New year, new beginnings.

We have just celebrated Rosh Hashanah, which many people call the Jewish New Year. But really, we are celebrating the creation of Adam, not of Avraham, so in a sense it is a New Year for all of humanity!

Pomegranats from our own garden.

Pomegranats from our own garden for Rosh Hashanah.

Either way, it is a great time for new beginnings, so I thought maybe I would take the opportunity to start blogging again. I have missed it, and have written many a blog post in my head, that just never made it to the blog… So here is to hoping for a new start! 🙂

Our Rosh Hashanah table.

Our Rosh Hashanah table.

We had a very good Rosh Hashanah celebration. Of course I really enjoyed the preparations too, – there are so many good times involved! Expectation and preparation, cooking and baking, planning and decorating!

Making Challah napkin rings.

Making Challah napkin rings. The round challot symbolize the cycle of the end of one year and the beginning of a new one.

I very much enjoyed doing a several of these things together with my nine year old daughter this year. She really took ownership and wanted to be involved!

Preparing lots and lots of challot together.

Preparing lots and lots of challot together.

And then as we sit around the decorated table, going through all the traditional blessings and prayers, I try to totally LIVE and be present in the moment. To really taste the apple dipped in honey, and to say each blessing for the new year with intent. I take in the smells and the tastes, looking at the sights of the dear ones around me, friends and family, people so dear to my heart. And you know, to keep it real, it is never all perfect, – however much you prepare, you cannot totally plan how people are going to behave and react. Again a reminder of what LIFE is really all about, – a complex mixture of everything, and our goal is to be able to navigate our own ship with wisdom and love along with the ones who we are to travel together with.


As I look back on this two-day holiday, I have a lot to be thankful for. So many good memories added to the already abundant collection! Good times and conversations with dear friends, along with yummy cups of coffee or glasses of wine. Time to sit back and play with my children. Good food, and plenty of food. As the host I always seem to have a little worry that there is not going to be enough food, especially when there are two-day holidays like this one. My husband reminds me that we always have way too much, but each time anew I have this little thought that maybe this time will be the first time when we will actually run out of food… But again, – we had so much that we had to start giving away leftovers!


One of the highlights was being at the synagogue and hearing the Shofar-blasts. On the first day we went somewhere where they invite the children to come to the front and blow their shofars. Ours had been practicing a bit during the month of Elul, and it was a joy to see and hear them taking an active part in the holiday in this way. The biblical name of this holiday is really “The Feast of the Trumpets” (shofars), so no wonder they are central! The shofar blast is meant to be a wake-up-call to repentance and a reminder to make things right with God and fellow man at this time, leading up to Yom Kippur.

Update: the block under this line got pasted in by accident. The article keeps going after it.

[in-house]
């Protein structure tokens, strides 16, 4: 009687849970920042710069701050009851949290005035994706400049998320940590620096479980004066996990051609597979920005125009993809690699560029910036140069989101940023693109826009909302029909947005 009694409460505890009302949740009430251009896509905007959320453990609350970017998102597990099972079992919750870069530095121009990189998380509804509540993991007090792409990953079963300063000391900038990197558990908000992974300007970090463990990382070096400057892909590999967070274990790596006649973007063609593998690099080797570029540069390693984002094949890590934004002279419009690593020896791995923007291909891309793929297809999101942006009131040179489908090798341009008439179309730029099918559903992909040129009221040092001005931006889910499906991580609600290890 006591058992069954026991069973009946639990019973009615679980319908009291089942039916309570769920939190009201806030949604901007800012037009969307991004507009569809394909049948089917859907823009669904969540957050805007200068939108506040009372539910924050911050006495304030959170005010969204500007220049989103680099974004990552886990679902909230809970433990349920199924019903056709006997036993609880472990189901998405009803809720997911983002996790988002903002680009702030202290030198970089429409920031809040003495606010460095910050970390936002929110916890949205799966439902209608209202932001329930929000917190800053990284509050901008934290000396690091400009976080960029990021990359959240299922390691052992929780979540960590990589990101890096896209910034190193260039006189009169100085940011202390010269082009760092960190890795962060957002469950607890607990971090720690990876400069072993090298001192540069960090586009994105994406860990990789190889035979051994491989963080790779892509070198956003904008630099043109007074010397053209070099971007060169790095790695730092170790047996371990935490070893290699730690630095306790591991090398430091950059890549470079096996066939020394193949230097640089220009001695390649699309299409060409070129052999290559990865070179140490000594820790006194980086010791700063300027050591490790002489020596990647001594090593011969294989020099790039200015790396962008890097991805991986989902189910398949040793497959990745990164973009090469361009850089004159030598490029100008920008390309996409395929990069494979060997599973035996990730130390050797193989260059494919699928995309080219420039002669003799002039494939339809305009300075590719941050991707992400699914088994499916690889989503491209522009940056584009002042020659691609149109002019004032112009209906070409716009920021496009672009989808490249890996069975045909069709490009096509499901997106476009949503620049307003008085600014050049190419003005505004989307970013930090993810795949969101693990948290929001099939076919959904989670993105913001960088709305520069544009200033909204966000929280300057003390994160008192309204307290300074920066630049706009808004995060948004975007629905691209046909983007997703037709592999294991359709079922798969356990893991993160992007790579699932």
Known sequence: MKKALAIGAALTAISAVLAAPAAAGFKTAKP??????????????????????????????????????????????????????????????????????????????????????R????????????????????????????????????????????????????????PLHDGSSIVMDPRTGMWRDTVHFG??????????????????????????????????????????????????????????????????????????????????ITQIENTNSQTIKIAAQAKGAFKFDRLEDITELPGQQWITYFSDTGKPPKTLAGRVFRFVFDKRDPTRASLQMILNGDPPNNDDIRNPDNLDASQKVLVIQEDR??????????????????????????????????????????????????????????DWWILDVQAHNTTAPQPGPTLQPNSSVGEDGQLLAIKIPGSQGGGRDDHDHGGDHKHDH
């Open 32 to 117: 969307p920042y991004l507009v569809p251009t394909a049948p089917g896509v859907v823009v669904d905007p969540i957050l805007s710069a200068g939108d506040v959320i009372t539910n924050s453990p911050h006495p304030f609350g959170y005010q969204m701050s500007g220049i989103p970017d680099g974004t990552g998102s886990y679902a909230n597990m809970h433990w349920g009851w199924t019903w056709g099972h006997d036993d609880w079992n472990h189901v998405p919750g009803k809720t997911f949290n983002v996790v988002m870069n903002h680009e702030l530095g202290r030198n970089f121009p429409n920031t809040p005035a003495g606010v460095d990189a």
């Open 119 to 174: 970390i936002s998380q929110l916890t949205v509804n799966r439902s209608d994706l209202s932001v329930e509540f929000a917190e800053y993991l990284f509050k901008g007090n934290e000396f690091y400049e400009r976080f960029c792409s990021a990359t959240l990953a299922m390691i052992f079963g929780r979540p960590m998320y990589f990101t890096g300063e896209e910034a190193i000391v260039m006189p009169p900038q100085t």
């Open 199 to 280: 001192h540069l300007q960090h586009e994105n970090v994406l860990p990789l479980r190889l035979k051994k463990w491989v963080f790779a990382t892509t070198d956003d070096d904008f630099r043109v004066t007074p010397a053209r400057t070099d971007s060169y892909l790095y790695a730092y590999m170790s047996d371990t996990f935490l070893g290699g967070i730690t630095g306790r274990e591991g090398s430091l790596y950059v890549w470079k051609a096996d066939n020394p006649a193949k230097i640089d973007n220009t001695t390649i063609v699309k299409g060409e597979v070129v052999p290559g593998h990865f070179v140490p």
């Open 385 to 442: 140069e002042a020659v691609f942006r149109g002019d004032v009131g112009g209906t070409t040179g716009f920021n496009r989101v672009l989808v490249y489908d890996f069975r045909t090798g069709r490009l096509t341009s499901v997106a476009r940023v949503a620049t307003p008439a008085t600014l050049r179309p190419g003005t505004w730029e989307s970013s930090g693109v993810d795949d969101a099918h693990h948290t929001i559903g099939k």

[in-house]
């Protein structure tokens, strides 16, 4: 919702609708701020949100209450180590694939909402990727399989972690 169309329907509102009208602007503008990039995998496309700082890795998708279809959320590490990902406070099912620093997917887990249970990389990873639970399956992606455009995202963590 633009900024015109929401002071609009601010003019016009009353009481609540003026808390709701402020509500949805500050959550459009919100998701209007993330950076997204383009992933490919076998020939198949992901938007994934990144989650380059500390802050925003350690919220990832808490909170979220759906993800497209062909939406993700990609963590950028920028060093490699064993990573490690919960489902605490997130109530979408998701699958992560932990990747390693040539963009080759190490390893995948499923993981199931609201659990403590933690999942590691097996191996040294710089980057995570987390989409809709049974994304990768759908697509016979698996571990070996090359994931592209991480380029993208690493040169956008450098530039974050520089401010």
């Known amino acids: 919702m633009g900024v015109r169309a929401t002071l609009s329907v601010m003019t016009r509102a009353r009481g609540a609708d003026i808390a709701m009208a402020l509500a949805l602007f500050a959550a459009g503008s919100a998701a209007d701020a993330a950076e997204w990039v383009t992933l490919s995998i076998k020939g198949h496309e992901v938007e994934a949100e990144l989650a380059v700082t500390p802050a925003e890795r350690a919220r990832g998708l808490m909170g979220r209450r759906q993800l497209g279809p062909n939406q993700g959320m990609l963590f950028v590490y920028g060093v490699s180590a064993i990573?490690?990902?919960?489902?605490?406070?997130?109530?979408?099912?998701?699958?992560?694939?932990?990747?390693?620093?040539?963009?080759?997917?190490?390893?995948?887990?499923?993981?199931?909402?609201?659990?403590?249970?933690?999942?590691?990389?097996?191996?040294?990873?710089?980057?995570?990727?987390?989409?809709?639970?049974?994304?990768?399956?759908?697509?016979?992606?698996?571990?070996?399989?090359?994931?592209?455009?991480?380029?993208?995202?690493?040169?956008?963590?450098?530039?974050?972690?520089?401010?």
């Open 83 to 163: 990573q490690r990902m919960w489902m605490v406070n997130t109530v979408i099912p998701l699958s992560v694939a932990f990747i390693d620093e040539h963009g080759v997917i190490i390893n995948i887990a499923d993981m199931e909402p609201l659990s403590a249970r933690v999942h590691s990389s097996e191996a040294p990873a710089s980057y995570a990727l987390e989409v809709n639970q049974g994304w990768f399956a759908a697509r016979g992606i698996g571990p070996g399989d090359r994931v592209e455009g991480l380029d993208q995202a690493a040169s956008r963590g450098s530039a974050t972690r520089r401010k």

Another special moment was doing Tashlich, which we did on the first afternoon of the holiday. We are blessed to live in Jerusalem, and therefore have the opportunity to go the the Shiloah pool, the ancient water source in the City of David. There we pray the traditional prayers and let go of little rocks into the water, symbolizing a new and fresh beginning. Taking part in these kinds of traditions in such special places at such special times are quite unique experiences, which I feel privileged to be able to have together with my family.

So, with this, I wish all of us a really good new year, full of peace and joy, meaningful learning, health and blessing!


11 thoughts on “New year, new beginnings.

  1. 40eak says:

    I have missed your blogs lovely to see and experience your world.

  2. Bodhild Bugge Aase says:

    Shalom! Så fint at du begynner å bruke bloggen igjen! Det er så lærerikt, og jeg kjenner på gleden ved å kunne følge deg og familien! Tusen takk! Jeg hadde gleden av å ha din mamma på overnatting her nå i august og september. Det var veldig kjekt og givende! Overraskelsen var stor da vi oppdaget at jeg hadde din pappa som elev på Sand realskole i 1969/70! Jeg har fått opp øynene og hjertet for mine jødiske røtter, og elsker Israel og det jødiske folk! Gud velsigne deg og familien! Shanah tovah!

    • Te'ena says:

      Takk for hyggelig kommentar, Bodhild! Flott å høre om kjærligheten for Israel! Og tenk at du hadde pappa som elev! Så liten verden blir av og til! 😊

  3. Ulli says:

    Hi my friend, I am so glad, that you start with the blog again. It is a joy to read it! Many blessings to you all!

  4. STAR says:


  5. Reidunn says:

    Så kjekt å høyre om feiringa dykkar. Ser det for meg….. Må Gud velsigne og halde si nådige hand over oss alle…..

  6. Stine says:

    Hei Te’ena! Så kjekt å ha deg tilbake på bloggen. Har savnet innleggene dine. Jeg blir alltid så oppmuntret av å lese det du skriver. Håper du holder oss fortsatt oppdatert om livet i Jerusalem. Riktig godt nyttår til deg og familien! 😃

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